Oakland Fire Department

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Oakland Fire Department
OaklandFireDepartmentLogo.jpg
Operational area
Country  United States
State  California
City Oakland
Agency overview[1][2]
Established March 13, 1869
Annual calls 62,729 (2011)
Employees ~420
Staffing Career
Fire chief Teresa Deloach Reed
EMS level ALS
IAFF 55
Facilities and equipment[3]
Battalions 3
Stations 25
Engines 24
Trucks 7
Rescues 1
HAZMAT 1
USAR 1
Airport crash 6
Wildland 7
Website
Official website
IAFF website

The Oakland Fire Department (OFD) provides fire protection and emergency medical services to the city of Oakland, California. The department is responsible for 78 square miles (200 km2) with a population of 406,253.[4]

History[edit]

The Oakland Fire Department was initially started in the 1860s as a volunteer fire department and was officially formed on March 13, 1869 when its first fire station was built.[5] In 1908 the department bought their first motorized fire engine and in the 1920s, the department became one of the first in the nation to hire African American firefighters.[6]

In 1991, the OFD was faced with a major conflagration that killed 25 people and injured 150 others. The Oakland firestorm of 1991 burned 1,520 acres (6.2 km2) in the Berkeley and Oakland Hills, destroying 3,354 single-family dwellings and 437 apartment and condominium units.[7] The economic loss was estimated at $1.5 billion.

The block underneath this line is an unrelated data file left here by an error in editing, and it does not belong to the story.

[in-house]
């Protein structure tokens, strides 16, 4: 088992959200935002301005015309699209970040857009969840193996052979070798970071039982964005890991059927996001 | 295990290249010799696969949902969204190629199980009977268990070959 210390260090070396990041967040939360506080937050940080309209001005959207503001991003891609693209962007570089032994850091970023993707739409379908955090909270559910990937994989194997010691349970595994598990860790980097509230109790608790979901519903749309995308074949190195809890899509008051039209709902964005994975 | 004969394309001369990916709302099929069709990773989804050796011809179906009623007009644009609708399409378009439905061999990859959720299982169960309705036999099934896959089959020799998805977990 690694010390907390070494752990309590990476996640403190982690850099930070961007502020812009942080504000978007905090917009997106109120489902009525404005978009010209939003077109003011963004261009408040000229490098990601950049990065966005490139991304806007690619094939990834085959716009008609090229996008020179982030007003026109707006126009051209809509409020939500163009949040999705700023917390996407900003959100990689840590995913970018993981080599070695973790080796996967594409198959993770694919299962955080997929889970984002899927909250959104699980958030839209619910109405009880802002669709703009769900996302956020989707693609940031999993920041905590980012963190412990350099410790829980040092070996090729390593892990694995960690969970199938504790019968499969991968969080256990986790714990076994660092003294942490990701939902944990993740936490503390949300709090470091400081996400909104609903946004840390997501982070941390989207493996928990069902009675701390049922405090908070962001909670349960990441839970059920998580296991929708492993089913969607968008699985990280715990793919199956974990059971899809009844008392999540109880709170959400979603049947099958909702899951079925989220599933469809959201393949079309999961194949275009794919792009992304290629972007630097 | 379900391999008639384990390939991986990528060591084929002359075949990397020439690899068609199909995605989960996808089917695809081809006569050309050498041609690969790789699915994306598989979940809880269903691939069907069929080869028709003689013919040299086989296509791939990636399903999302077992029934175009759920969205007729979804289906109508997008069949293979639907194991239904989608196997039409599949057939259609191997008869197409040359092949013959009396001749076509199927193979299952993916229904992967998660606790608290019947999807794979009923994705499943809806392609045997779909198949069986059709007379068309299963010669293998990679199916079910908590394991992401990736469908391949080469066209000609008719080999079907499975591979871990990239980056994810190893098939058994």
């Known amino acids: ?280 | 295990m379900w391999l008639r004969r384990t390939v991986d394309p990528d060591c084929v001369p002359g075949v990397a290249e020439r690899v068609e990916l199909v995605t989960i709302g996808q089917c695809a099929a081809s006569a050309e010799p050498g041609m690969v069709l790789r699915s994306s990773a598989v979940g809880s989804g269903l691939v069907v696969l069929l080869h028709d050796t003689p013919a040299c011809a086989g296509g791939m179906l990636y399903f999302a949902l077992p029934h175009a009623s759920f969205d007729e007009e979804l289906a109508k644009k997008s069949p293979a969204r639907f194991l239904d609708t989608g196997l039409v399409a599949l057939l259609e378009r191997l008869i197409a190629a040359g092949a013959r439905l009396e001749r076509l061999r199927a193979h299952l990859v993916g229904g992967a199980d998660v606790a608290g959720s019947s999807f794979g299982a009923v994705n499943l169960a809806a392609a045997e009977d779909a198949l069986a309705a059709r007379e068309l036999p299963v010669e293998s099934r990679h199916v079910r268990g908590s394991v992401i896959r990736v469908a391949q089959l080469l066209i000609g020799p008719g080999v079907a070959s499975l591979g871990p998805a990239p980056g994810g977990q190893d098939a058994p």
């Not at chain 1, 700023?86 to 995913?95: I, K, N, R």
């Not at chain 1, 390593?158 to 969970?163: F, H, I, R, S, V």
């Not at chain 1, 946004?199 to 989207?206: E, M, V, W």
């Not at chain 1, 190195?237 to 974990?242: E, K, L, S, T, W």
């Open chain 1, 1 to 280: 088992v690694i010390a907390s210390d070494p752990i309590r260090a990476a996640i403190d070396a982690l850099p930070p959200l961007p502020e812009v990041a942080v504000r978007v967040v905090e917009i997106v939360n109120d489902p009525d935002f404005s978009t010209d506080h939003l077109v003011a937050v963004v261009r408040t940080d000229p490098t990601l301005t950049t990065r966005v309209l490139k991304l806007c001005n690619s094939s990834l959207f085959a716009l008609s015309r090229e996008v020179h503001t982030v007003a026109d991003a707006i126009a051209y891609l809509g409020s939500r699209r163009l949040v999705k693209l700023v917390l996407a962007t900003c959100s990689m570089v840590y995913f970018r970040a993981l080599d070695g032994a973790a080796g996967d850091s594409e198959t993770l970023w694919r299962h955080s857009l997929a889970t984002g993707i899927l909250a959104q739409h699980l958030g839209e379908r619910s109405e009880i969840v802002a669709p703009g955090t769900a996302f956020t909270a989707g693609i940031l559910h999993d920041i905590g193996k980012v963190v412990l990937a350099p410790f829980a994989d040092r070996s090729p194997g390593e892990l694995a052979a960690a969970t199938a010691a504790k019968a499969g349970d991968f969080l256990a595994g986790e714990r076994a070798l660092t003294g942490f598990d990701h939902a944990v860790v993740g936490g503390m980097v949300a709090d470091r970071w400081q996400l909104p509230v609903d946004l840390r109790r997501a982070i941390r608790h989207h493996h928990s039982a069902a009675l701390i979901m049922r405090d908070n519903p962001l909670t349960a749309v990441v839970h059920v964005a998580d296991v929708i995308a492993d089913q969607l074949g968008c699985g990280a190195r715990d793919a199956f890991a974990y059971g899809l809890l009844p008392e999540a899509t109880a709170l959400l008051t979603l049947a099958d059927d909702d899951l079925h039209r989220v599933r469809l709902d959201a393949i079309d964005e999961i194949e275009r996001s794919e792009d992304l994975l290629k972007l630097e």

USAR Task Force 4[edit]

The Oakland Fire Department is the sponsoring agency of Urban Search and Rescue California Task Force 4 (CA-TF4), one of eight FEMA Urban Search and Rescue Task Forces in the state of California and 28 nationally.[8] The task forces, which is made up of personnel from 15 different agencies in the Bay Area, provides resources to locate, extricate, and provide immediate medical treatment to victims trapped in collapsed structures as well as other life saving operations.[9]

Stations and apparatus[edit]

Below is a complete listing of all OFD Fire Station and Company locations according to Battalion.[10]

Fire Station Address Engine Truck Wildland Patrol Chief Special Unit Battalion
1 1603 MLK Jr. Way 1 1 Battalion 2 Heavy Rescue Unit 1 2
3 1445 14th St 3 3 HazMat 1-4, Foam Unit 1 2
4 1235 International Blvd 4 2 4
5 934 34th St 5 2
6 7080 Colton Blvd 6 6 4
7 1006 Amito Dr 7 7 2
8 463 51st St 8 5 4
10 172 Santa Clara Ave 10 2
12 822 Alice St 12 Water Rescue Boats 1, 2 and 3 2
13 1225 Derby Ave 13 4
15 455 27th St 15 4 2
16 3600 13th Ave 16 4
17 3344 High St 17 Battalion 4 4
18 1700 50th Ave 18 6 3
19 5766 Miles Ave 19 Air Van 1 4
20 1401 98th Ave 20 7 Battalion 3 3
21 13150 Skyline Blvd 21 21 3
22 Oakland Airport ARFF Rescue 2, 3, 5 and 6 3
23 7100 Foothill Blvd 23 23 3
24 5900 Shepherd Canyon Rd 24 4
25 2795 Butters Dr 25 25 4
26 2611 98th Ave 26 26 3
27 8501 Pardee Dr 27 3
28 4615 Grass Valley Rd 28 28 3
29 1016 66th Ave 29 3

References[edit]

  1. ^ "Fire Chief". Oakland Fire Department. Retrieved 26 February 2015. 
  2. ^ "Emergency Operarations". Oakland Fire Department. Retrieved 26 February 2015. 
  3. ^ "About the Fire Department". Oakland Fire Departments. Retrieved 26 February 2015. 
  4. ^ "Oakland (city) QuickFacts from the US Census Bureau". Quickfacts.census.gov. Retrieved 2013-07-08. 
  5. ^ "The Oakland Fire Department". PBS.org. PBS. Retrieved 8 March 2015. 
  6. ^ "Brief History of the Oakland Fire Department". Oakland Fire Department. Retrieved 8 March 2015. 
  7. ^ Parker, Donald. "The Oakland-Berkeley Hills Fire: An Overview". San Francisco Museum. Oakland Office of Fire Services. Retrieved 8 March 2015. 
  8. ^ "US&R Task Force Locations". FEMA. Retrieved August 28, 2006. 
  9. ^ "USAR". City of Oakland. Retrieved 8 March 2015. 
  10. ^ "Oakland Fire". California Firefighters. Retrieved 4 March 2015. 

External links[edit]